What Happens When Freedom Erodes?
The issue of democracy in the United States has been very much debated. The issues has gained significant popularity during the current presidential administration. Many have called into question the tactics that Trump has been using to push his agenda. This has mainly been through Trump’s use of social media to criticize his opposition. Trump’s use of Twitter has helped limit democratic processes of other government branchesand has caused the outcomes of many issues to change. He has continuously pushed an agenda for himself instead of the people. With this continuous push for his own agenda, Trump has made it difficult for Democrats to ever regain the majority support within Congress.
In the article What Happens When Freedom Erodes, Dan Slater addresses to what extent the United States is facing electoral authoritarianism and illiberal democracy. He defines electoral authoritarianism as an election “in which rulers win power through elections, but the elections are either manipulated or the playing field between incumbents and opponents between elections is far from fair.” On the other hand illiberal democracy is defined as “rulers freely win elections but then abuse both their authority and minority populations with the power they win.” Slater uses countries such as Singapore, Philippines and Myanmar to give the examples of countries that are currently facing these issues.
In regards to the United States the country has become an electoral authoritarianism because the Republican Party has became more concerned with winning elections than winning majorities. They have either consciously or unconsciously created the “other” group. This idea of the “other” has made it difficult for the Democratic Party to disband the Republican control that is limiting competition. By limiting competition, the republicans are also limiting democracy. There cannot be democracy without competition, but then there is the question how much competition equates a democracy?
With no competition how can minority groups gain representation? If we allow only the majority to make and pass laws, minorities will always be looked over. The laws were put in place to only help the majority. Even if the Democrats regained majority control it would be hard to fight previously enacted laws. With the current political climate it seems as though the minorities are going to remain minorities due to such massive polarization.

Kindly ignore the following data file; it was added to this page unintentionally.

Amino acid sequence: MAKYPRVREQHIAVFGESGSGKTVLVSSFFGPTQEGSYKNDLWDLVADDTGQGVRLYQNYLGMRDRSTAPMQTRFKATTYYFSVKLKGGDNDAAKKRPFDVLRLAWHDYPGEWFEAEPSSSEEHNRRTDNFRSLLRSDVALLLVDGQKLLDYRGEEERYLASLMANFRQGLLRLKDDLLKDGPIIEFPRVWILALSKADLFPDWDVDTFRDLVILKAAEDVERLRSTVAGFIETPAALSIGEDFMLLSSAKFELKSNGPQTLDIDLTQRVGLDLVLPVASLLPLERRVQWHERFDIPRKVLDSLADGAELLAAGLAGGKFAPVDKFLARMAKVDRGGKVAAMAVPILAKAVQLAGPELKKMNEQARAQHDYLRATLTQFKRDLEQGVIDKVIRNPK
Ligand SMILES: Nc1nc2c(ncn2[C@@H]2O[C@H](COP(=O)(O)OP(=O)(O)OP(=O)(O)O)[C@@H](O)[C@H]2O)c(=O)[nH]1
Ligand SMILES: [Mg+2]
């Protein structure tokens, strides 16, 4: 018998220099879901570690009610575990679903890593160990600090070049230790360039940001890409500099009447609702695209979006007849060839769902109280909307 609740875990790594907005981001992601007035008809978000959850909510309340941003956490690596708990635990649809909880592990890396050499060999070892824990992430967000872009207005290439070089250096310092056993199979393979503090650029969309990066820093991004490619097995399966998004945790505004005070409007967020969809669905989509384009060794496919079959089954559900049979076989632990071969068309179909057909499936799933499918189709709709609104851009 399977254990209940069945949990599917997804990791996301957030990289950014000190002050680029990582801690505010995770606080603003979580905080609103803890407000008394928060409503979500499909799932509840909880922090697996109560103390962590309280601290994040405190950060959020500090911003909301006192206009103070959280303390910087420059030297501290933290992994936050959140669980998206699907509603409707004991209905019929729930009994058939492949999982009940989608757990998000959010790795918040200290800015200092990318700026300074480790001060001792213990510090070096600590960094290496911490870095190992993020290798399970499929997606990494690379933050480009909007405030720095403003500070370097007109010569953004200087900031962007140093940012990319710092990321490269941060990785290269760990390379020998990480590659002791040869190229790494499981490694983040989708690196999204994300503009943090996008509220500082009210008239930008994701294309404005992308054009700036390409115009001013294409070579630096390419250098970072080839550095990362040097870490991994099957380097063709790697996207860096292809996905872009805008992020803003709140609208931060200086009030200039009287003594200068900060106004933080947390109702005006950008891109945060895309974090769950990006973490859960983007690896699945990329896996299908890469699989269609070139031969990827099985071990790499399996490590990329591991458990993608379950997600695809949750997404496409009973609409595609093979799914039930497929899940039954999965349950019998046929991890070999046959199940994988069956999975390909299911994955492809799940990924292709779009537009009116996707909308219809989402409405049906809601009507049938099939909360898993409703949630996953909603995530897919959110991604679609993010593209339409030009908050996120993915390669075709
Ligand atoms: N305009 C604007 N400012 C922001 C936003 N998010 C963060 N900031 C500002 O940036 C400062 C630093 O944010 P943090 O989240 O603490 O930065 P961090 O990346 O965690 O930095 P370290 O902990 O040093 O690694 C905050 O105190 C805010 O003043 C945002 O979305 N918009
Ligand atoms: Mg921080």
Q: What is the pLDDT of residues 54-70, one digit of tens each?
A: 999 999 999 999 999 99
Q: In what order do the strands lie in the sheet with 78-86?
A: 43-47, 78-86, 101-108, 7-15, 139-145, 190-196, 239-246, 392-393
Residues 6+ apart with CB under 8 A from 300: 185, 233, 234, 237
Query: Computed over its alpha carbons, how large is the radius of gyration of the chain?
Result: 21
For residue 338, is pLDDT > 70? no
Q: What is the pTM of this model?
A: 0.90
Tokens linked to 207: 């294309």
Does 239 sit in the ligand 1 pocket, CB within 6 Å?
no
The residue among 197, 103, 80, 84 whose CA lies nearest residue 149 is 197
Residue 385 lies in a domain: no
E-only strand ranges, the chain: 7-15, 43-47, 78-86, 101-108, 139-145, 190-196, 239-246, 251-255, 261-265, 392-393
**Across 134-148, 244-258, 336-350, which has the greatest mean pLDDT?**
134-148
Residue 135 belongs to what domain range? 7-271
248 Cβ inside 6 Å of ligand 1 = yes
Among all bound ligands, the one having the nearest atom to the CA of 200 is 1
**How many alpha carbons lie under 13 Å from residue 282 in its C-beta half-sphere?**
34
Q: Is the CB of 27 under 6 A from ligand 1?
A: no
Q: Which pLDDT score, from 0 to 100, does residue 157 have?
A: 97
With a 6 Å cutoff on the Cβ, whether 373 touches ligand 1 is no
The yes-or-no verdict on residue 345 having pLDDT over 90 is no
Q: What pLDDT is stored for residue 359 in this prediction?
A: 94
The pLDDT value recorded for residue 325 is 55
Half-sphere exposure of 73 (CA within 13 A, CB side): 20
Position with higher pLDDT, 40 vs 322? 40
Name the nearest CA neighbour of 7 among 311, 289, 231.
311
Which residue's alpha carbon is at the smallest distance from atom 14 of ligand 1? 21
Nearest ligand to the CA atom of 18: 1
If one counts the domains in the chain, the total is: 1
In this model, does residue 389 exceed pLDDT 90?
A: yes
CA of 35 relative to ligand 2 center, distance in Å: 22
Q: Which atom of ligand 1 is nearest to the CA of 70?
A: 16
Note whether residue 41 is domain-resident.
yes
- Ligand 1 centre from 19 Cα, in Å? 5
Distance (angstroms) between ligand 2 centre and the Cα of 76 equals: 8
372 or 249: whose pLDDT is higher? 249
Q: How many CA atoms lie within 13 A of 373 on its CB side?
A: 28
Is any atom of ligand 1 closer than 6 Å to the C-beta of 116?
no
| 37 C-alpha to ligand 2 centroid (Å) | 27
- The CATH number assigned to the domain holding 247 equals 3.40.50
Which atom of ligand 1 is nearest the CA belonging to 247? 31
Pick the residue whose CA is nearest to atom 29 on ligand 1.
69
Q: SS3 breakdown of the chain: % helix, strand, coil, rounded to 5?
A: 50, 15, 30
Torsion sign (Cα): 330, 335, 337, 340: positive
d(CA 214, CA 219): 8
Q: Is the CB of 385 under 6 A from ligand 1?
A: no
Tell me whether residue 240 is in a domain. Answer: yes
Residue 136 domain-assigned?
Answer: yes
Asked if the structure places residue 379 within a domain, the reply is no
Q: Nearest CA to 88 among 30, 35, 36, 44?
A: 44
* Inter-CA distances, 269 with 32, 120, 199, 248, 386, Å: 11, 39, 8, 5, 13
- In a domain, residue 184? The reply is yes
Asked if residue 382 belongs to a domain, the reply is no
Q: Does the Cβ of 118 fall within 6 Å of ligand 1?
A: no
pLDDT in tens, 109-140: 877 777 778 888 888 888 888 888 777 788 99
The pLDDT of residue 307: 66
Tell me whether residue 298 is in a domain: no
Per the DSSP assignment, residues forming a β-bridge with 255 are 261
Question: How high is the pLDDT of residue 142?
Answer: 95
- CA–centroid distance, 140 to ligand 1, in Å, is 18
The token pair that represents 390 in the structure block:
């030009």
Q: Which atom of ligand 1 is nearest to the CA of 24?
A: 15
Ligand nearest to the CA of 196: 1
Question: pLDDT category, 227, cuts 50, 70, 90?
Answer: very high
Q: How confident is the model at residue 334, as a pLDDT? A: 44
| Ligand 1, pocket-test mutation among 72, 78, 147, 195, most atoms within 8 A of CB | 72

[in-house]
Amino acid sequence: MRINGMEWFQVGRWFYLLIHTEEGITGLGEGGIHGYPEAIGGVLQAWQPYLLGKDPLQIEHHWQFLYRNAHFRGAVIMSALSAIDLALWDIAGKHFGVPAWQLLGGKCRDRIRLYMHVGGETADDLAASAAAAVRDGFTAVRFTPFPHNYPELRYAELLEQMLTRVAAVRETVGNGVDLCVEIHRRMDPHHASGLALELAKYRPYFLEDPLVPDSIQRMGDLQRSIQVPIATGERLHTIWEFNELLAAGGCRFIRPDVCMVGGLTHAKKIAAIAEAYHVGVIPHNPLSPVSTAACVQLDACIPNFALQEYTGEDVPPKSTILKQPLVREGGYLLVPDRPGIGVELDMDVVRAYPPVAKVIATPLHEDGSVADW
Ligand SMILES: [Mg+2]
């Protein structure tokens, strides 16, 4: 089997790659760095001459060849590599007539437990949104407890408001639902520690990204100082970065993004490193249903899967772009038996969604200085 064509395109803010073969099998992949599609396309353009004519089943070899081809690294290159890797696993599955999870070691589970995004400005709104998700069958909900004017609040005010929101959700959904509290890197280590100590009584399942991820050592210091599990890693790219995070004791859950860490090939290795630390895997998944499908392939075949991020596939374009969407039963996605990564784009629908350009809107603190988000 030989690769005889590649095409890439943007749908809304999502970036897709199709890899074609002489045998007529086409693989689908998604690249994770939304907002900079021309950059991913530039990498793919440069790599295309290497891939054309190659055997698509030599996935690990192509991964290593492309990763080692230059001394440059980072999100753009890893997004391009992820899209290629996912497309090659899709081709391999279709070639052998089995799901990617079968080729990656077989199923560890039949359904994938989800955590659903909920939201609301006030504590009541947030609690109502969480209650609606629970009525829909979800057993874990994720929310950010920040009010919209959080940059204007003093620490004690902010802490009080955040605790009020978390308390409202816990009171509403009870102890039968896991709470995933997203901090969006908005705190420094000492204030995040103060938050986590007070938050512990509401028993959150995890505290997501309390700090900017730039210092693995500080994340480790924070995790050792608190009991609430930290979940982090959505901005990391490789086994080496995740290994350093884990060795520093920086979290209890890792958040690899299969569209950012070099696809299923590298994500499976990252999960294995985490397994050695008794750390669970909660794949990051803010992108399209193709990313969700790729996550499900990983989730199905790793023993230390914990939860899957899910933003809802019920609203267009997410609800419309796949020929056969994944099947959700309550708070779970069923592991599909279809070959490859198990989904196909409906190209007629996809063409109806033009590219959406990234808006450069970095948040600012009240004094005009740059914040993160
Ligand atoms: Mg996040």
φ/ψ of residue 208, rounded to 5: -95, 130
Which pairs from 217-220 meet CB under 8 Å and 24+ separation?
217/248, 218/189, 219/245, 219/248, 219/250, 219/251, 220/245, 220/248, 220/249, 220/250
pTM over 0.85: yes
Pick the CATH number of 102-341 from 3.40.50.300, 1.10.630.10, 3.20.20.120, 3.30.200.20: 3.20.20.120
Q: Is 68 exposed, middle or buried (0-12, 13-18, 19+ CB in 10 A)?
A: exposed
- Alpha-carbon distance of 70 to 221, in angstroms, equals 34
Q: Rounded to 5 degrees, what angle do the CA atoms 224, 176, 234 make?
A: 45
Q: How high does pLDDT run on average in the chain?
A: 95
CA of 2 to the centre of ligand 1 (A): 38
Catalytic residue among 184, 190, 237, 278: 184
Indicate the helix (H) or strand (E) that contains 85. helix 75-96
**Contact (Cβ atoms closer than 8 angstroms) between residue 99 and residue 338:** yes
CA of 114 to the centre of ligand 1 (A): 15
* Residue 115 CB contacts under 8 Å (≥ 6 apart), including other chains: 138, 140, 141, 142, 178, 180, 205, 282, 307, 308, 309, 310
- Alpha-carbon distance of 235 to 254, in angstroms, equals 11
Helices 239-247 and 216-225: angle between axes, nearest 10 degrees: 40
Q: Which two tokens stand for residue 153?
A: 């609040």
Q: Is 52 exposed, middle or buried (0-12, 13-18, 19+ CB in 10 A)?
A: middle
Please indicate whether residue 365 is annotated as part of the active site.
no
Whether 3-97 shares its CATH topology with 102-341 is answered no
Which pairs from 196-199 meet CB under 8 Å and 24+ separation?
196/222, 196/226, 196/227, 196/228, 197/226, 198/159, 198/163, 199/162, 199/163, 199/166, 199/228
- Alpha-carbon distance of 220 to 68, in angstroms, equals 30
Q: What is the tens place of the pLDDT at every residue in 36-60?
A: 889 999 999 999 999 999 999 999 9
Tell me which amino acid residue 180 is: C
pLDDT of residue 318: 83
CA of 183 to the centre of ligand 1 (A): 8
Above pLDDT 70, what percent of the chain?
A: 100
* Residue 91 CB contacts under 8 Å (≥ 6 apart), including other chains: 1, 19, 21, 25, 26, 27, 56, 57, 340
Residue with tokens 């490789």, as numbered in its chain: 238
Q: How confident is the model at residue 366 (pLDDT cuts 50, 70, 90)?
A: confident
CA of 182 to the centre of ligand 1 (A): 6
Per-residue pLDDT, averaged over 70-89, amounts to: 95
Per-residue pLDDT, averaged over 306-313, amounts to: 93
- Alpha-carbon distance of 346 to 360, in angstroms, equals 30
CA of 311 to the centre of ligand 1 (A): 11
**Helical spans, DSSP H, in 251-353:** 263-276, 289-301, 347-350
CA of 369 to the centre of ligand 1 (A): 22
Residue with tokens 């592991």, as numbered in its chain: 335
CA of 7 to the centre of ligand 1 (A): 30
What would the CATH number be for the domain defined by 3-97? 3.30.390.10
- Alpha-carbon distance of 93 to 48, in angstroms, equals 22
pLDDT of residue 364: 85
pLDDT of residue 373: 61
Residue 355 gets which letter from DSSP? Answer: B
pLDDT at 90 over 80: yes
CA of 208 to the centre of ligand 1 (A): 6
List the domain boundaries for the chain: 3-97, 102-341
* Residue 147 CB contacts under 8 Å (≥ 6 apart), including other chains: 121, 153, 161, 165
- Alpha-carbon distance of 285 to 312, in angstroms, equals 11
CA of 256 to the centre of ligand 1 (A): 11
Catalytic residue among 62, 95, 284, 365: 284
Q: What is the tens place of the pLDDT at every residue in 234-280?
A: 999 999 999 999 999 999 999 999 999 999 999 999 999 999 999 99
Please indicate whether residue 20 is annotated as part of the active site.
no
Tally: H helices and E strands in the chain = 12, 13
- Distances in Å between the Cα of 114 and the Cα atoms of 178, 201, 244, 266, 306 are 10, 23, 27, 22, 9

We can relate this idea with the idea of populist. According to the article How Democracies Fall Apart populist distrust elites and experts and disdain institutions. We can especially see this within the Trump Administration. Trump is constantly calling the media fake news and referring to them as having a hate agenda whenever they express a view that goes directly against his own views. This is especially clear when Trump criticized judges for attacking his Muslim ban. Trump’s continued criticism and use of referencing his opposition as the other is slowly undercutting the current establishment of democracy. Are we truly democratic still if the media cannot freely speak against the president or is freedom slowly eroding?
In How Democracies Fall Apart, Kendall-Tayor & Frantzassert that these representatives, also known as Populist, have began marginalizing their opposition in order to undermine major institutions. The Trump Administration has packed the Senate and The Supreme Court with those who share their ideology. Even after much public backlash and clear disdain from American citizens, Trump was able to get Kavanaughappointed to the highest court in the land. Kendall-Tayor & Frantz consider this play by Congress a very consistent and straightforward strategy that’s mainly used in the judiciary branch.
All in All, Democrats will have to battle Republicans in order to regain majority support. With both the courts and the Senate packed with Republicans, Democrats will have trouble passing any legislation in favor of their constituents. Kendall-Tayor & Frantz insinuate that this is due to the fact that “populist enjoy substantial popular support, they tend to have broad approval for many of their proposed changes.” Democrats would need to gain the popular vote in states that are typicallyconsidered ”red states.” This could possibly take years or even decades based on recent trends of voter support. Families are continuously voting based on familiar beliefs without even researching opponents to their beliefs.
With all this in mind, the United States has been evolving into an electoral authoritarianism. As was stated earlier this occurs when “the playing field between incumbents and opponents between elections is far from fair.” I don’t anticipate that the United States will be seeing a majority Democratic government for a while. The current populist will be tough components and previously enacted legislation will still not be in favor of the democratic constituents.